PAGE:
About the mixes
You should be happy about the quality of your mixes before the mastering, and it’s not usually useful to try to figure out how mastering might affect the mix. A professional mastering engineer will take good care to not alter the mix balance too much. Remember, the purpose of the mix is to set the final sound of the track, and the mastering should only define it a little further along with fixing minor errors in the overall tone.
If you feel you didn’t get the mixes sounding like you wanted, it is possible to somewhat help it in the mastering. If you’re looking to get radical changes to the mix, please consult me well in advance.
The final mixdowns should be saved as a 24 bit or bigger WAV/AIFF files and the sample rate should be kept at the same rate the project was mixed at. Changing it at this point may affect the quality of the sound. I like to do sample rate conversion myself. It’s also nice to have the files at “stereo interleaved” format, both left and right channels included in the same file.
Please check that the files actually work before you send the to mastering!
Delivering the mixes as separate tracks – or “stems”?
Mostly I only work with full stereo mixdowns. I always take good care that the mix balance you carefully built doesn’t change in the mastering. In some cases, delivering the vocals separate from the rest of the mix might be a good idea, but only if you also deliver a final stereo mixdown as a reference. The so called “voc up/down” mix versions are also a fine, if you provide me the info on which track you personally prefer to use.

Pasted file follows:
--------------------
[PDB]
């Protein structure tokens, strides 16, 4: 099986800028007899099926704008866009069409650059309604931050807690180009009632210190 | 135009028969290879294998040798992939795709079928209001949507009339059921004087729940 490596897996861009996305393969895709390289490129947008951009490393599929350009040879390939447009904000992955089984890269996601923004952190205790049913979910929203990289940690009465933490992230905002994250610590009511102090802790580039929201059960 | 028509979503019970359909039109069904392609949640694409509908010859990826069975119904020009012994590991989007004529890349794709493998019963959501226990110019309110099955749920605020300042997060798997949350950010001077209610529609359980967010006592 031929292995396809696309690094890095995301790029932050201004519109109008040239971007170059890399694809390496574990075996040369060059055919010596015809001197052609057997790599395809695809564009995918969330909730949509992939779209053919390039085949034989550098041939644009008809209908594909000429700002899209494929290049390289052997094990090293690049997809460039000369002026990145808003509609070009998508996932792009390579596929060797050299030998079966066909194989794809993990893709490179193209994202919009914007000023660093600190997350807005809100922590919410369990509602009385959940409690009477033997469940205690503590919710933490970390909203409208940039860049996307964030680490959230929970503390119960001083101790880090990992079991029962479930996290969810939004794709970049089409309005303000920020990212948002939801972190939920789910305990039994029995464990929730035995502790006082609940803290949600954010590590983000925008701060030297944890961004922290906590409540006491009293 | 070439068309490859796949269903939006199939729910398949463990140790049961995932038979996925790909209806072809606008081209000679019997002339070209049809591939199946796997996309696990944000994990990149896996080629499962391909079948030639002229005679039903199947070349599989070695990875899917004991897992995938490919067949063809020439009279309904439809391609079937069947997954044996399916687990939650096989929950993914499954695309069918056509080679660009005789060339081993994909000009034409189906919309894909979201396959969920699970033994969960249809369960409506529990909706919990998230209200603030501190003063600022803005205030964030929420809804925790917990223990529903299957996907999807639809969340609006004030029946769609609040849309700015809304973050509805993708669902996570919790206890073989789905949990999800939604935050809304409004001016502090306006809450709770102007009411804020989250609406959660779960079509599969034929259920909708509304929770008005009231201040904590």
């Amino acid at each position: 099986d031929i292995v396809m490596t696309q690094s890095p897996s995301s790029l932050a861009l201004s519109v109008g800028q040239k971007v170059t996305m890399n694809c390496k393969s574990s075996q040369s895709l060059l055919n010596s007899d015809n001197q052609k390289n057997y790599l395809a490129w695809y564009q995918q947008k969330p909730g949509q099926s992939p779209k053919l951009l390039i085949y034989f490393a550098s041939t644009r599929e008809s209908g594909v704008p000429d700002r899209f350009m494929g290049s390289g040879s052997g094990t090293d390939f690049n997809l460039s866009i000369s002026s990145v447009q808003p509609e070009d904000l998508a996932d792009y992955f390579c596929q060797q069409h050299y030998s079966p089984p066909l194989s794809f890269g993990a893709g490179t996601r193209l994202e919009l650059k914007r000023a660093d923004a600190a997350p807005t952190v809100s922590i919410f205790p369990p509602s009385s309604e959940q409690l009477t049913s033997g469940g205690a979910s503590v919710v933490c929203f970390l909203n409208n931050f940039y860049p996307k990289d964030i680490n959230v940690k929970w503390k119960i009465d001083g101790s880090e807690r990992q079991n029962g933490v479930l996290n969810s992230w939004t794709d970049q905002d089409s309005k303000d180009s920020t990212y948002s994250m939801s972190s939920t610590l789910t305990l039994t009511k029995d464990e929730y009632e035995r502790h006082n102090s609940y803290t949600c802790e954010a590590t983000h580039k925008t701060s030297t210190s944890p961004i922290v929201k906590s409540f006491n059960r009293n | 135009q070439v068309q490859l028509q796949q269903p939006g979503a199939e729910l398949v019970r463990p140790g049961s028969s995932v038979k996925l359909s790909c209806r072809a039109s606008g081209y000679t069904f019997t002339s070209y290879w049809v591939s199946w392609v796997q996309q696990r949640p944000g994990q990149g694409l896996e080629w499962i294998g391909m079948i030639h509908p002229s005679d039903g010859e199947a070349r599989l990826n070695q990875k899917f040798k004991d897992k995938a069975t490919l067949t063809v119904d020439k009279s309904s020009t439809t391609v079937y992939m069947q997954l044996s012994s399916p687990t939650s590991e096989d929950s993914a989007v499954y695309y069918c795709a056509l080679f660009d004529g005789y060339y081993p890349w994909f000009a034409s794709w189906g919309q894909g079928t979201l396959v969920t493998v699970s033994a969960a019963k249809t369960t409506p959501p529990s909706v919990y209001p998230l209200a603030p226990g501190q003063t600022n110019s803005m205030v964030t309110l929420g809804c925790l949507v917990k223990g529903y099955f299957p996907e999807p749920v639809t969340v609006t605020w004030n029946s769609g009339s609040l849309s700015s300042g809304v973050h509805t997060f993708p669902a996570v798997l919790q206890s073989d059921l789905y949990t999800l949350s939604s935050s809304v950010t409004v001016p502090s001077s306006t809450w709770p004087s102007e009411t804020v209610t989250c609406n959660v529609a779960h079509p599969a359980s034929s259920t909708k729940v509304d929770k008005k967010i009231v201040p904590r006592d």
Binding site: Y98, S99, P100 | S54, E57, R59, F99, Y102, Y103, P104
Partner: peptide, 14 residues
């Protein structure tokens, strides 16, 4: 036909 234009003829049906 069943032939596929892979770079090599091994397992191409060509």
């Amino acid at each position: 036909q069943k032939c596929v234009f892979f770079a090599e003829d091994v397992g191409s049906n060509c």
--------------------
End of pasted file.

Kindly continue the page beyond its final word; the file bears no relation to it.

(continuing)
If you deliver stems to me, please check that the tracks sync properly from the beginning and that summing the tracks gives me the same exact mix balance you’ve been working on. If you feel like delivering more than 2-3 separate stems, I highly recommend taking a break from mixing the project. If you postpone the mixing decisions later, you will only eat from my focus in the mastering.
Practical tips for mixing
Processing the stereo mixdown while mixing is often more harmful than useful, unless you really know what you’re doing. Especially multiband compression, limiting or clipping the mix can make the mastering session very tricky. Traditional mixbuss compression is of course allowed if it’s done for the sound and not for the sake of pushing up the levels.
Don’t try to help the mastering engineer by processing the mix bigger, brighter or louder. Just concentrate on making the mix work well.
Adequate headroom improves the quality of your mixes and also makes my job easier. There are no rules, but a few dB’s of headroom from peaks to zero is always a good thing. If your mix is clipping at the output, don’t fix it by taking the master fader down – take the levels down at all faders.
It makes no sense in 24 bit (and larger) files to keep the peaks near zero. Even if most modern DAW’s do calculate internally in floating point, some plug-ins might act in unpredictable ways when levels approach the digital zero. Maintaining headroom in the project is a good way of working.